FlashChat  Actuarial Discussion  Preliminary Exams  CAS/SOA Exams  Cyberchat  Around the World  Suggestions 

Thread Tools  Search this Thread  Display Modes 
#51




Quote:
__________________
It was a surprisingly short journey from Robert E Lee to Dr Seuss.  @iowahawkblog But the bloody heirloom ensures the last laugh.  TaNehisi Coates. First of all, I think it’s very hard to untangle the motives of this shooter. As we’ve seen in a whole range of incidents with mass shooters, they are, by definition, troubled. [...]So I think the danger, as I said, is that we somehow suggest that the act of a troubled individual speaks to some larger political statement across the country. מַרְבֶּה נְכָסִים מַרְבֶּה דְאָגָה 
#52




Quote:
Quote:
In some ways, the decimal representation of numbers (a la mainframe/Cobol) had its advantanges when doing Dollars and Cents. Otherwise, "totals may not agree  due to rounding."
__________________
Carol Marler, "Just My Opinion" Pluto is no longer a planet and I am no longer an actuary. Please take my opinions as nonactuarial. My latest favorite quotes, updated Apr 5, 2018. Spoiler: 
#53




Quote:
The very concrete example was doing a weighted average (xA + yB)/(A+B), where x and y are rather small (and of similar magnitude to each other) and A and B are rather large (and of similar magnitude to each other). We were finding a loss of significant figures because the calculations were being calculated as above. When you multiply and divide numbers of vastly different magnitudes, you start losing sig figs. And this can propogate, of course  we're doing 50year runs (at least), and we want to show inforce liabilities running out, not persisting due to weird calculation stuff. We thought of various fixes, but the one that seems to be the most promising was to calculate p = A / (A + B) and then do the weighted average as xp + y(1p), which would keep all the numbers closer together in magnitude (p is in a reasonable range, like 20 %  80%). Another one that a friend told me about was something like x*y*A, where x & y are both very small and A is very large. x * y could give you underflow, so you change it to x * A * y. When I did a high school internship with a stats prof, I had to do stuff like this, as he had me program (in Fortran) discrete probabilities, such as the Poisson distribution, and he wanted me to calculate it exactly, not just do various continuous approximations. Thing is, if you try to calculate where k is large and lambda around 10 (say), you can get in trouble really quickly. So I started with e^{\lambda} and did a loop where on each step I multipled by lambda / i, where i was marching down from k to 1. Worked really well. So that's in avoiding an overflow problem.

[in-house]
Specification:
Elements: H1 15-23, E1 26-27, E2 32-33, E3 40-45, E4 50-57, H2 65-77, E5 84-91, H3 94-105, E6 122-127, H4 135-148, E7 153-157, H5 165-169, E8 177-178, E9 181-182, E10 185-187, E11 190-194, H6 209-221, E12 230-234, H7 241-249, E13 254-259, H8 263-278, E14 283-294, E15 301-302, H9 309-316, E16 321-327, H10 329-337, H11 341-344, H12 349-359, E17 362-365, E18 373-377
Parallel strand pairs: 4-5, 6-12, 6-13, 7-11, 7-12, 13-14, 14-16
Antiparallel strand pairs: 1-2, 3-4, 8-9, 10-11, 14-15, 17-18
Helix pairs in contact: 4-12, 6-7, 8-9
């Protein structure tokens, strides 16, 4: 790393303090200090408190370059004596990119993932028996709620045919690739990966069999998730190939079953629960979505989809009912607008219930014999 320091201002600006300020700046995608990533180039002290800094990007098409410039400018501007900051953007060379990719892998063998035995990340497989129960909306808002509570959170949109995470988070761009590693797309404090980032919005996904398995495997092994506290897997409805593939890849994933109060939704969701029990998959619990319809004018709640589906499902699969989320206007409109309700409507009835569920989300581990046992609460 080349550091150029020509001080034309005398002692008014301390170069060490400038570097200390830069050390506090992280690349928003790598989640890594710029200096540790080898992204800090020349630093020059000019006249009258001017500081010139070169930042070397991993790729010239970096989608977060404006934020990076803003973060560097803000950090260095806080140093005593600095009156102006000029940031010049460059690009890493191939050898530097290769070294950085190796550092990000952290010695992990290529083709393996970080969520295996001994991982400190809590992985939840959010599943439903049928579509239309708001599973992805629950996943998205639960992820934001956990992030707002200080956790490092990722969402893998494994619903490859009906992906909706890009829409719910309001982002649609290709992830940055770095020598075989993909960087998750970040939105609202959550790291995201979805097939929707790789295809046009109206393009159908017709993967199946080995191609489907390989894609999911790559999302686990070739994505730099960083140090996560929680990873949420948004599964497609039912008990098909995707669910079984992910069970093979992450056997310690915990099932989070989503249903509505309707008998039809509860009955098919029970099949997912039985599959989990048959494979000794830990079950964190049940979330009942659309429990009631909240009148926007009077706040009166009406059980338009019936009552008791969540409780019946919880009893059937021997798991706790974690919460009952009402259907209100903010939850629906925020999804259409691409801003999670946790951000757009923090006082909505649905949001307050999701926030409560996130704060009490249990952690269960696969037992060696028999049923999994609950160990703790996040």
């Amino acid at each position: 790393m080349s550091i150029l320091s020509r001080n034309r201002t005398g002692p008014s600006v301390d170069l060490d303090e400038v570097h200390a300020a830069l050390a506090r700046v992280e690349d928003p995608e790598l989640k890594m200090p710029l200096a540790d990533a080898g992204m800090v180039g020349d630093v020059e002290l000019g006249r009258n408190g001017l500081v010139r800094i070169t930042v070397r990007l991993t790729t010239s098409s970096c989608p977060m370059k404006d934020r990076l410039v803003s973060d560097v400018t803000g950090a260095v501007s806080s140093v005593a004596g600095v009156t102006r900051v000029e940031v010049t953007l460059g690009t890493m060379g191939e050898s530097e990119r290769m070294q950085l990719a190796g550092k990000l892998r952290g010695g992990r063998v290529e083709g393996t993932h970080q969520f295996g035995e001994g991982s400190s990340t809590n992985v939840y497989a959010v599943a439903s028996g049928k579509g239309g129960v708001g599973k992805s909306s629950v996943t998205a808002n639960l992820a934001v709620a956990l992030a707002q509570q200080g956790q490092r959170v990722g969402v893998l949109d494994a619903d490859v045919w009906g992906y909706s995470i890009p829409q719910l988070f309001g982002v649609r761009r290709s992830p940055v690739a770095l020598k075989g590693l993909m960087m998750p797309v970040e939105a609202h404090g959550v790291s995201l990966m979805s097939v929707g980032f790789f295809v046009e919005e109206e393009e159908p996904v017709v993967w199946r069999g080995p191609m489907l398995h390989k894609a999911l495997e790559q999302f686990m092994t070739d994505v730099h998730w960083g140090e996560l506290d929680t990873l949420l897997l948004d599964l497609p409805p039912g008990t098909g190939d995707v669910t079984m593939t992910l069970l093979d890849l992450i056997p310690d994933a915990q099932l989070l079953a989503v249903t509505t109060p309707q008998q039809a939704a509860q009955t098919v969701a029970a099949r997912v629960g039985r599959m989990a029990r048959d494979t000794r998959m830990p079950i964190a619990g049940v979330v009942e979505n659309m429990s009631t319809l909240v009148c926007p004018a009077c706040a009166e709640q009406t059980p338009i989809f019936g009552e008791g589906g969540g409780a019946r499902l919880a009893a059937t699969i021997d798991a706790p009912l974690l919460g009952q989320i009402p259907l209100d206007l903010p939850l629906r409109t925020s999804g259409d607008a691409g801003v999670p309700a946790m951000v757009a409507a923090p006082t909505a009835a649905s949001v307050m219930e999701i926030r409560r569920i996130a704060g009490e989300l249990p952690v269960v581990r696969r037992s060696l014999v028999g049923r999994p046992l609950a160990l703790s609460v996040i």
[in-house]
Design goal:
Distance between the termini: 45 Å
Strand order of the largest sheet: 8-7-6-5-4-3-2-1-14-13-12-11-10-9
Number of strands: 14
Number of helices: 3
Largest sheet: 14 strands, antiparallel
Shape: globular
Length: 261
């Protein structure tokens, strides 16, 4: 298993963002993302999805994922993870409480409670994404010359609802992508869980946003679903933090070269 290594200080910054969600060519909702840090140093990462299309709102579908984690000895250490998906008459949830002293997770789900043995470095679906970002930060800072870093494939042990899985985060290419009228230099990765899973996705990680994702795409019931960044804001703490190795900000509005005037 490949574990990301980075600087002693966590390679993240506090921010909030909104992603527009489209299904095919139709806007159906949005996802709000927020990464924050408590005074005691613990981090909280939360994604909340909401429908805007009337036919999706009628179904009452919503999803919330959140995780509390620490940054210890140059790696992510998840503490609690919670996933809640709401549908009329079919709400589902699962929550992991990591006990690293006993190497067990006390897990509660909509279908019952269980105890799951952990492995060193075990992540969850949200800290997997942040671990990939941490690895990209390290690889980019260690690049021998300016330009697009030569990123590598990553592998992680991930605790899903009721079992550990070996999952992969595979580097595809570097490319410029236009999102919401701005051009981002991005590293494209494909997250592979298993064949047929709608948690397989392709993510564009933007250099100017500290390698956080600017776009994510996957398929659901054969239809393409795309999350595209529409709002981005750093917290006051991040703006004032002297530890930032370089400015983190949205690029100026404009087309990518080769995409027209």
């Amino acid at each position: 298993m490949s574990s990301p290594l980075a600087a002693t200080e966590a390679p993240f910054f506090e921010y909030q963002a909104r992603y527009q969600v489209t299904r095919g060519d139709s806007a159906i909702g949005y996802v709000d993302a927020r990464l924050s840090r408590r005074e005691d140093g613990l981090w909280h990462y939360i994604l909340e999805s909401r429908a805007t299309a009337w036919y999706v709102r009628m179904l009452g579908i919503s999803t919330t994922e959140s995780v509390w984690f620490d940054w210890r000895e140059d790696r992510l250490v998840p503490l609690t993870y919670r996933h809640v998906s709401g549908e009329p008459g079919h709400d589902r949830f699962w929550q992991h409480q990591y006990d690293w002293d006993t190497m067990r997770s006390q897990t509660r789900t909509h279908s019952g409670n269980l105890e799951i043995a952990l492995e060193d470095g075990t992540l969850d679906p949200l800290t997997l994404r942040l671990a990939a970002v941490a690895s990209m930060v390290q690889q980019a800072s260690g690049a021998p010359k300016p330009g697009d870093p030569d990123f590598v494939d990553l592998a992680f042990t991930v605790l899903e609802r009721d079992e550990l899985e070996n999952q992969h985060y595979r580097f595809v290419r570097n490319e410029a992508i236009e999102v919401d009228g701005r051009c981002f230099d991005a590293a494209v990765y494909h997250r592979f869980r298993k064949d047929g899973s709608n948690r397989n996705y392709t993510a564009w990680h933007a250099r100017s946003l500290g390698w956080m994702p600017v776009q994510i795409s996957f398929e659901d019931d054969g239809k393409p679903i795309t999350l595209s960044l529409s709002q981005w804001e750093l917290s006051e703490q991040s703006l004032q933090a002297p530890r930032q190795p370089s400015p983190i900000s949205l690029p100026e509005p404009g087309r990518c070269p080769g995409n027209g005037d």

#54




The problem of precision goes way beyond Excel, and few people understand floating point calculations well enough to be aware of the issues. If you absolutely have to work with exact precision, then you've no choice but to program it yourself using the GMP library (or similar).
Insofar as Excel's precision, if I am ever concerned about the results, I fire up Mathematica and check the calculations. 
#55




OK, I take it back. The problem isn't with floating point. It's with the fact that our money is in decimal fractions. We should go to a binarytype system for amounts less than $1.00. Let's see:
Half dollar. . . check Quarter . . . . check Bit * . . . . . . check * As in "two bits" of course. It would be worth $0.125 under the present system. I envision it as being a lot like our current dime, but sufficiently different not to cause the confusion that some dollar coins produce. . . This new approach gets rid of the annoying pennies. It also does away with nickels  that might not be a bad thing either. Of course the stock market recently went through a huge conversion in the other direction.
__________________
Carol Marler, "Just My Opinion" Pluto is no longer a planet and I am no longer an actuary. Please take my opinions as nonactuarial. My latest favorite quotes, updated Apr 5, 2018. Spoiler: 
#56




Spreadsheets: Formulas for Success
http://www.cfo.com/article.cfm/11773...todayinfinance Quote:

#57




"Corporate managers are probably more willing to discuss their sex lives than the state of spreadsheet controls within their firms, one of the organisers said. "
The people on this board may feel the same way.
__________________
Carol Marler, "Just My Opinion" Pluto is no longer a planet and I am no longer an actuary. Please take my opinions as nonactuarial. My latest favorite quotes, updated Apr 5, 2018. Spoiler: 
#58




Ratio of threads discussing sex life to threads discussing spreadsheet controls on this forum (estimated): 78,457:1
__________________
Visit thing's web empire: Printable Sudoku Puzzles & 12 by 12 Sudoku & 6 by 6 Sudoku & Nurikabe 
#59




Maybe we should ask for a new forum. . . "Sex, Lies, and Spreadsheet Controls"

#60




Quote:
* . . . and fantasies, wherever they appear, such is in Cyberchat surveys.
__________________
Carol Marler, "Just My Opinion" Pluto is no longer a planet and I am no longer an actuary. Please take my opinions as nonactuarial. My latest favorite quotes, updated Apr 5, 2018. Spoiler: 
Tags 
machine learning, predictive analytics, speadsheet error, spreadsheets 
Thread Tools  Search this Thread 
Display Modes